About the business:
Without musician and composer Tim Westergen, there would be no Pandora. Although his original company, Savage Beast Technologies, didn't survive, his plan to personalize the consumers' music listening experiences is at the root of the Pandora we know today. In 2004, with the help of $9 million in capital, the company restructured itself and blossomed into a personalized radio station.
Pandora, however, has its fair share of financial challenges. Revenue is primarily reliant on ads, and on top of that, they are required to pay very high licensing fees for the songs they play. With that said, they have created a loyal cohort of 75 million users, giving them a platform to expand to mobile devices, automobiles, and generate more hits on their online website.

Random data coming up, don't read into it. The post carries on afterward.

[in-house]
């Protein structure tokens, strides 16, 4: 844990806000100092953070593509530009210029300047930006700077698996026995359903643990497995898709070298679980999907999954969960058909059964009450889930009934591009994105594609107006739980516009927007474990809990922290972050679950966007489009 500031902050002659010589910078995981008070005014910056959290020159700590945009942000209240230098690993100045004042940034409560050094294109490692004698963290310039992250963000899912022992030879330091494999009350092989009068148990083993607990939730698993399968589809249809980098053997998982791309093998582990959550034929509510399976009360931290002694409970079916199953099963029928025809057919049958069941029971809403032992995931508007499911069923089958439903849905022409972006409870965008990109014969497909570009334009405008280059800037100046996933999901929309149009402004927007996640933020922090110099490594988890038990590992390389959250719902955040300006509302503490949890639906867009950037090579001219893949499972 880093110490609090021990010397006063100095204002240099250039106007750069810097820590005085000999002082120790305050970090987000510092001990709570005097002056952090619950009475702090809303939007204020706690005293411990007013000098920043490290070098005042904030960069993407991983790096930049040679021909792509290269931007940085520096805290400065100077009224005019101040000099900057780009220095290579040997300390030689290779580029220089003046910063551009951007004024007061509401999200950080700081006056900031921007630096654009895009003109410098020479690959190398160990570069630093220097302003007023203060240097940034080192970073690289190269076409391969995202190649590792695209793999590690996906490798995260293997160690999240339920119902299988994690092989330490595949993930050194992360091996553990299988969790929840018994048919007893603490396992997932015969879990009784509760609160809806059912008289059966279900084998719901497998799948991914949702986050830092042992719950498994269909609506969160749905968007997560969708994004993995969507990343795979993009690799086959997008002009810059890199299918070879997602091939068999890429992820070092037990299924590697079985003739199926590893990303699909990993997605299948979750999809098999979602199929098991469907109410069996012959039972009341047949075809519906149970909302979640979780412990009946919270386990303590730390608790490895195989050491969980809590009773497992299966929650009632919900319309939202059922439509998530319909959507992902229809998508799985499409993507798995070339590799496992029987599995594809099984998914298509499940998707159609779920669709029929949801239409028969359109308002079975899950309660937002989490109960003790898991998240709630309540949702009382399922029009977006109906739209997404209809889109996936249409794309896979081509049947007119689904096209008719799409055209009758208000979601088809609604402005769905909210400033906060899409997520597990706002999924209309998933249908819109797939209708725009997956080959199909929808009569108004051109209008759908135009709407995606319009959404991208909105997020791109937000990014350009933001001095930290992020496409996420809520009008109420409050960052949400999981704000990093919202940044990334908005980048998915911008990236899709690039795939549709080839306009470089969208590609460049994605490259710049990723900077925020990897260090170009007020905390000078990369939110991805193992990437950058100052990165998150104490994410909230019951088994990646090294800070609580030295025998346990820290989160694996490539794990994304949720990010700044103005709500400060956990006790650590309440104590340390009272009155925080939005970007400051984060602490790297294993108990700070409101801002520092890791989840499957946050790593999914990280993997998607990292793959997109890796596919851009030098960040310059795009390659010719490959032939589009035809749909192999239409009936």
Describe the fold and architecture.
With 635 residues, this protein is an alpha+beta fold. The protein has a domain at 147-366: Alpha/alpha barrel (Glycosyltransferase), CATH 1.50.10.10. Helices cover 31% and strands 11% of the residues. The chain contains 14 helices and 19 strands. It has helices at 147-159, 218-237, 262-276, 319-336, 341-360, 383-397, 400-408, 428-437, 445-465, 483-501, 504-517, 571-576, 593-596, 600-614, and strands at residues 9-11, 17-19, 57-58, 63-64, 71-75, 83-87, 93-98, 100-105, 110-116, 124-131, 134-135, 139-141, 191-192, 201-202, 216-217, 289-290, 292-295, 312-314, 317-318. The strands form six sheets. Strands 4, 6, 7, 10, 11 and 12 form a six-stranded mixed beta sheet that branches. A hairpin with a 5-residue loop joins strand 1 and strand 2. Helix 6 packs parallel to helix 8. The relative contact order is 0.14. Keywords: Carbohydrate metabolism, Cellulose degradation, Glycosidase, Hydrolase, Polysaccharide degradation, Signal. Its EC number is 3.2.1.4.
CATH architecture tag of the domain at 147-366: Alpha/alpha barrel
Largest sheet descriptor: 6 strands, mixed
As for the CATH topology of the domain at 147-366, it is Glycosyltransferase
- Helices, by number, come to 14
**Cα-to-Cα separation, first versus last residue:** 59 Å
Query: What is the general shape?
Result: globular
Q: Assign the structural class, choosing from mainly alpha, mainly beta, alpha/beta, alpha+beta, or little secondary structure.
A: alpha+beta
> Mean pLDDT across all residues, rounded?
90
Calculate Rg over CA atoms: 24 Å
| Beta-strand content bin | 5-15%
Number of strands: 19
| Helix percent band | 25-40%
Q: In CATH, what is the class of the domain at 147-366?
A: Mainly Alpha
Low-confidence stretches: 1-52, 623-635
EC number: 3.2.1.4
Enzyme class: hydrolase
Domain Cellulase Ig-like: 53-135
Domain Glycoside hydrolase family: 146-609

Through thick and thin, the company has stayed true to Oakland, California, citing the access to solid talent as a major reason it has stayed. When they outgrew their offices a year and a half ago, they moved across the street.
--By Ashley Bush and Christina Li
The companies on this year's Inner City 100 have managed to build fast-growing businesses in economically depressed cities. Here's how they are doing it. More
|Donald Trump's latest conspiracy theory involves Ted Cruz's father|
|Martin Shkreli faces more charges|
|4 U.S. governors on jobs: Finding skilled workers is a problem|
|This elevator could shape the cities of the future|
|4 crying babies brought a free flight for JetBlue passengers|